Fire Marshal: House explosion could not have been prevented - wave3.com-Louisville News, Weather & Sports

Fire Marshal: House explosion could not have been prevented

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Remains of the River Trail Place home after the explosion Remains of the River Trail Place home after the explosion
Okolona fire marshal Mike Allendorf Okolona fire marshal Mike Allendorf
Fire coming from the sewers after the home explosion. The flames were being fed by natural gas. Fire coming from the sewers after the home explosion. The flames were being fed by natural gas.
Garage door of the home was blown across the street by the blast. It landed in a neighbor's yard. Garage door of the home was blown across the street by the blast. It landed in a neighbor's yard.
Aerial view if the home after the explosion and fire. Aerial view if the home after the explosion and fire.

LOUISVILLE, KY (WAVE) - The investigation into what caused the house explosion in Okolona is complete. It happened early Tuesday in the Indian Falls neighborhood. Mike Allendorf, the Okolona fire marshal, said a ruptured water line that pushed debris into a gas line caused the leak that led to the fire. The question now is could it have been prevented?

Allendorf says no. According to Allendorf what led up to the house being leveled into nothing more than a pile of debris was such a perfect storm enough gas just built up that could have taken out any of the homes.

It took several digs before workers could pinpoint where the gas leaked that built up inside what was a home, leveling it in just minutes. Allendorf siad they thought an area where two pipes were connected must have come apart.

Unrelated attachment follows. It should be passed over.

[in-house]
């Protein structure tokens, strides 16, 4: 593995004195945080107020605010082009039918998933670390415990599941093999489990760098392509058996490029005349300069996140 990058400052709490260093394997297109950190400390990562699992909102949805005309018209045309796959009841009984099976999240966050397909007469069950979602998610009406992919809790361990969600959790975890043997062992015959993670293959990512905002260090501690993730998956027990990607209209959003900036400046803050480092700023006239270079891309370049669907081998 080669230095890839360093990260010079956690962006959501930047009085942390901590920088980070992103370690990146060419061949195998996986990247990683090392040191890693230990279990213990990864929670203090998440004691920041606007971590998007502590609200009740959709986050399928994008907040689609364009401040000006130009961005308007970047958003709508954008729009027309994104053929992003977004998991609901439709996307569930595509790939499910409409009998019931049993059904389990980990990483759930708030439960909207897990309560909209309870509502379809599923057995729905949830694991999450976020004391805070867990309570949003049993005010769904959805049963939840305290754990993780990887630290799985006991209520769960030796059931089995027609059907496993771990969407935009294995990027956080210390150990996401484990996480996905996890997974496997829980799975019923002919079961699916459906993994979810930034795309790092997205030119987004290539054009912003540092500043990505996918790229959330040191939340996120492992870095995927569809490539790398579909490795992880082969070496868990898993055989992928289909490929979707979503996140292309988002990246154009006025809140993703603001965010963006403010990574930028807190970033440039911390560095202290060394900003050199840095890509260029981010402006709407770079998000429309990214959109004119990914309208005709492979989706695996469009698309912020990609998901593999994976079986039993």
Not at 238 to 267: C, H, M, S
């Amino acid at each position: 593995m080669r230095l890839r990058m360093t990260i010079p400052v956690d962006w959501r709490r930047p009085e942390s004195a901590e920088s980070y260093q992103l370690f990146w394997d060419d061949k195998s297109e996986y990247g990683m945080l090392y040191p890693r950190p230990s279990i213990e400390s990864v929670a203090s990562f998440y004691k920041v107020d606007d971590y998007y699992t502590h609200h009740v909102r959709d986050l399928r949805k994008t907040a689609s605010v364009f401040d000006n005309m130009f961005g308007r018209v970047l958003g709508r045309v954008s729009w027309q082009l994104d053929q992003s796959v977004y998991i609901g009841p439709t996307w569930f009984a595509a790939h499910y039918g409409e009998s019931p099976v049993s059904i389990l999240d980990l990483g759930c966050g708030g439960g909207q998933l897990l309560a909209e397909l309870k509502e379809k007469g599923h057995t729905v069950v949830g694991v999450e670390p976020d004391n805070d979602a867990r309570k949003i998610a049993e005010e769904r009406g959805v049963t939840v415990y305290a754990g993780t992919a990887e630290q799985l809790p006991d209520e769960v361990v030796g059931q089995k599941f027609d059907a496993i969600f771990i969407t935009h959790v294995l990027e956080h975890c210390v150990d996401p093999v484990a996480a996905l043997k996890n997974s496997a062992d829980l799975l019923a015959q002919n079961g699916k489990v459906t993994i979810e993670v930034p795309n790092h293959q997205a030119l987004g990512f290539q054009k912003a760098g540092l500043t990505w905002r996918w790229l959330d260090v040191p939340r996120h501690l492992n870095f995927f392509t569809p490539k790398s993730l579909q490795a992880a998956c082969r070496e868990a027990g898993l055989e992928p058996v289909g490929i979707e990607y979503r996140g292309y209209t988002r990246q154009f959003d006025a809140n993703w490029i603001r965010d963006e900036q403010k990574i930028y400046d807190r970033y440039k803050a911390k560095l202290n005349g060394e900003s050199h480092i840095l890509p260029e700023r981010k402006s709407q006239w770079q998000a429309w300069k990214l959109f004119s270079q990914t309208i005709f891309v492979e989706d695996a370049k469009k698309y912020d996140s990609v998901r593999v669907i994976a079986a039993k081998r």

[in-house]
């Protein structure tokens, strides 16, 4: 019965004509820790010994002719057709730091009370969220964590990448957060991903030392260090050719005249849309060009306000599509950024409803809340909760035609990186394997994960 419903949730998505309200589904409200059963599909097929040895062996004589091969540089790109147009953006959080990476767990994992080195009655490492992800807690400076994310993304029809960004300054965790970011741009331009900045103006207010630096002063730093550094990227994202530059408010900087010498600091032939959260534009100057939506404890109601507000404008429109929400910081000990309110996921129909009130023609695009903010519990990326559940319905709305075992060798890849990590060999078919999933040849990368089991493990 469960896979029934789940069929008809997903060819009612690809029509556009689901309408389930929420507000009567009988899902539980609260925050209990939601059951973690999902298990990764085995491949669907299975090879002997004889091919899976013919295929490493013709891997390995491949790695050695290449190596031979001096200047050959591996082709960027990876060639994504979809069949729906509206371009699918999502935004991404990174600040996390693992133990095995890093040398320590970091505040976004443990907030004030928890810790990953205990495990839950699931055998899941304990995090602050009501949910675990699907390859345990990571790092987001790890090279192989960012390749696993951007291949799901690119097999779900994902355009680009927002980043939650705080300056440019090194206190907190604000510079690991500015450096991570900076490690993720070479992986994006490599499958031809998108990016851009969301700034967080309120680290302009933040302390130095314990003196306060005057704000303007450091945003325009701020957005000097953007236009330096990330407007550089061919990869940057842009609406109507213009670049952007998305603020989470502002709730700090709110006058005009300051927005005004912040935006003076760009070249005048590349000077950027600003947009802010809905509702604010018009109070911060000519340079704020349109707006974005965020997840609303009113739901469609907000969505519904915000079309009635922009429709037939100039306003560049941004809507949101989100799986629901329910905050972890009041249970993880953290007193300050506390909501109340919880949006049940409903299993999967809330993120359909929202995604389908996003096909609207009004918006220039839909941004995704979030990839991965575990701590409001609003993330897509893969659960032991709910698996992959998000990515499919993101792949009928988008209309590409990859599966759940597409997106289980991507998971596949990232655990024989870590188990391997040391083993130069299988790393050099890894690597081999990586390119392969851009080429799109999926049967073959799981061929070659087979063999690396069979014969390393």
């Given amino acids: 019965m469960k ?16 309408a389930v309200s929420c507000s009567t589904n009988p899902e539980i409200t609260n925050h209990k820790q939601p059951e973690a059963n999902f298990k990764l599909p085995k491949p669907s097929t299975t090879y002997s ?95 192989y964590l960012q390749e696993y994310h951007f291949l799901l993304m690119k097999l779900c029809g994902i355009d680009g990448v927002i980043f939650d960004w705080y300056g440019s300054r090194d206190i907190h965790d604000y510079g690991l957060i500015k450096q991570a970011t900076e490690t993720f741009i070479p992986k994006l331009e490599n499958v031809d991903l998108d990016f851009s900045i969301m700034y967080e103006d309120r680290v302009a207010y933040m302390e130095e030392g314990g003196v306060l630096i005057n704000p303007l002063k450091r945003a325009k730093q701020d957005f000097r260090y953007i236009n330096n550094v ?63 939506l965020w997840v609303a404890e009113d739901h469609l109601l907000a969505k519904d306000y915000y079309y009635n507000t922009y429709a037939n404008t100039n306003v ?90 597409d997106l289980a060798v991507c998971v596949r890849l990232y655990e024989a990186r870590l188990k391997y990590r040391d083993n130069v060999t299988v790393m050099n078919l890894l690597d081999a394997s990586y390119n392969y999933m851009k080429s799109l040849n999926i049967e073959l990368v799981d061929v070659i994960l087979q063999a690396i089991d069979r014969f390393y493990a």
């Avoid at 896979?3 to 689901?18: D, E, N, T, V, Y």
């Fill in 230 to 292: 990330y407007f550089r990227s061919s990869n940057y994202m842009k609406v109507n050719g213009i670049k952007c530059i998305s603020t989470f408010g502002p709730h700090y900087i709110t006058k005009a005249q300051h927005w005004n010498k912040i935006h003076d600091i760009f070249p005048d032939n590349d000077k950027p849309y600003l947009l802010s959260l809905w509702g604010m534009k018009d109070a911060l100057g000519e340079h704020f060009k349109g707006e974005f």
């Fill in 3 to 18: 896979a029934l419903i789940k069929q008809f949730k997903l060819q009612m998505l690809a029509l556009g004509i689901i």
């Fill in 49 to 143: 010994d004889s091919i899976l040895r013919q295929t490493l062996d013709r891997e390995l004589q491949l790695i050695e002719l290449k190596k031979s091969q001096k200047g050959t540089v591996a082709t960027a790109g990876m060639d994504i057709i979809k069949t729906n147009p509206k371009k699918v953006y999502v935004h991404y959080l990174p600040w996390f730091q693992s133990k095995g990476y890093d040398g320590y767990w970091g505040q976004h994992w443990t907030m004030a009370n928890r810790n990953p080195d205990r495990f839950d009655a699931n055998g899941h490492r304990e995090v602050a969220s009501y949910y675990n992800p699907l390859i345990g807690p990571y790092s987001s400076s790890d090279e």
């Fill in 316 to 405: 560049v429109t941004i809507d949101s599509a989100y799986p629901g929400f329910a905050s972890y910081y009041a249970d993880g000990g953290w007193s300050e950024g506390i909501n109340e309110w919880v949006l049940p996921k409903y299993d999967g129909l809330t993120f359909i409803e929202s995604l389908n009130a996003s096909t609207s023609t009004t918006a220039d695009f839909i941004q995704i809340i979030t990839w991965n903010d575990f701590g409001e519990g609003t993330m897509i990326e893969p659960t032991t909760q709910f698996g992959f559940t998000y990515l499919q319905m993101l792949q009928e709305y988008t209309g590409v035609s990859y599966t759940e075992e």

"Anytime you have the human element of putting things together that's where you think you'll have the failure," explained Allendorf.

With everything intact in that spot, crews moved just a little closer to the street where the fire marshal says a 3/4 inch water pipe that ruptured started the problem.

"With the turbulent water coming out of the pipe the couple inches of rain we had created a turbulence underground," Allendorf said.

That pushed rock, debris, even maybe a brick left over when this subdivision was constructed into the 4 inch gas line poking a hole no bigger than the end of a pen in it. Though small, it was enough to cause gas to build up to explosive levels inside the home. Around 7 a.m. Tuesday, the home, along with the sewers around it, erupted.

"We'll probably never know what caused the trigger inside that home to make the home explode," said Allendorf. "It could be anything from a light switch to static electricity to the furnace going off."

Another unknown is how long the gas had been leaking. Firefighters said the homeowner reported the smell of gas sometime before the fire and LG&E workers were out in the subdivision troubleshooting when the house went up. They don't believe the gas had been there for more than a day adding there was such a long chain of events leading up the explosion it probably could not have been prevented.

"Unfortunately things fail by whatever means element, nature, man made things do happen," Allendorf said.

This time what happened was not caught early enough to stop the destruction.

Louisville Water Company said they are helping with the investigation, but were not working on any lines nor did they have any reports of issues with the lines.

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